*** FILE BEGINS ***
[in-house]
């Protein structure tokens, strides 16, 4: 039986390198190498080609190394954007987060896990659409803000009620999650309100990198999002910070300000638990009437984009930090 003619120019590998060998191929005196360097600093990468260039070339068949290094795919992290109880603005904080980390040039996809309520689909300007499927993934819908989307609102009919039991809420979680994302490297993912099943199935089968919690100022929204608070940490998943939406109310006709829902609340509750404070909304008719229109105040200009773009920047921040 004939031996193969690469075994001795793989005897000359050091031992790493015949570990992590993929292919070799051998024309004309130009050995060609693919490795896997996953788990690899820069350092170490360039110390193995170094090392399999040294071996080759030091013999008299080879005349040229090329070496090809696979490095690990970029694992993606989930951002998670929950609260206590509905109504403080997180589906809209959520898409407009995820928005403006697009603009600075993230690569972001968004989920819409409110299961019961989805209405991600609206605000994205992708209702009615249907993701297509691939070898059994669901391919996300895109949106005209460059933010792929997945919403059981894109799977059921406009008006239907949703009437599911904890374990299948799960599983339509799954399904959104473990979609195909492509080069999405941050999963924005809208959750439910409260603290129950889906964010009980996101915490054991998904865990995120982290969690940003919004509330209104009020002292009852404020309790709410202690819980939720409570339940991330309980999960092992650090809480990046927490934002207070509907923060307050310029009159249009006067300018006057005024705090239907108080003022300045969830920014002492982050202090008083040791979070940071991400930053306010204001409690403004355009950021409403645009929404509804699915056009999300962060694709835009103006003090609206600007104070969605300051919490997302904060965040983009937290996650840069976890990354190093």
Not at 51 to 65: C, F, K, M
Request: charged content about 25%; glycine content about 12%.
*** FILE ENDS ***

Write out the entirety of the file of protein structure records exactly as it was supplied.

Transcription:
[in-house]
């Protein structure tokens, strides 16, 4: 039986390198190498080609190394954007987060896990659409803000009620999650309100990198999002910070300000638990009437984009930090 003619120019590998060998191929005196360097600093990468260039070339068949290094795919992290109880603005904080980390040039996809309520689909300007499927993934819908989307609102009919039991809420979680994302490297993912099943199935089968919690100022929204608070940490998943939406109310006709829902609340509750404070909304008719229109105040200009773009920047921040 004939031996193969690469075994001795793989005897000359050091031992790493015949570990992590993929292919070799051998024309004309130009050995060609693919490795896997996953788990690899820069350092170490360039110390193995170094090392399999040294071996080759030091013999008299080879005349040229090329070496090809696979490095690990970029694992993606989930951002998670929950609260206590509905109504403080997180589906809209959520898409407009995820928005403006697009603009600075993230690569972001968004989920819409409110299961019961989805209405991600609206605000994205992708209702009615249907993701297509691939070898059994669901391919996300895109949106005209460059933010792929997945919403059981894109799977059921406009008006239907949703009437599911904890374990299948799960599983339509799954399904959104473990979609195909492509080069999405941050999963924005809208959750439910409260603290129950889906964010009980996101915490054991998904865990995120982290969690940003919004509330209104009020002292009852404020309790709410202690819980939720409570339940991330309980999960092992650090809480990046927490934002207070509907923060307050310029009159249009006067300018006057005024705090239907108080003022300045969830920014002492982050202090008083040791979070940071991400930053306010204001409690403004355009950021409403645009929404509804699915056009999300962060694709835009103006003090609206600007104070969605300051919490997302904060965040983009937290996650840069976890990354190093």
Not at 51 to 65: C, F, K, M
Request: charged content about 25%; glycine content about 12%.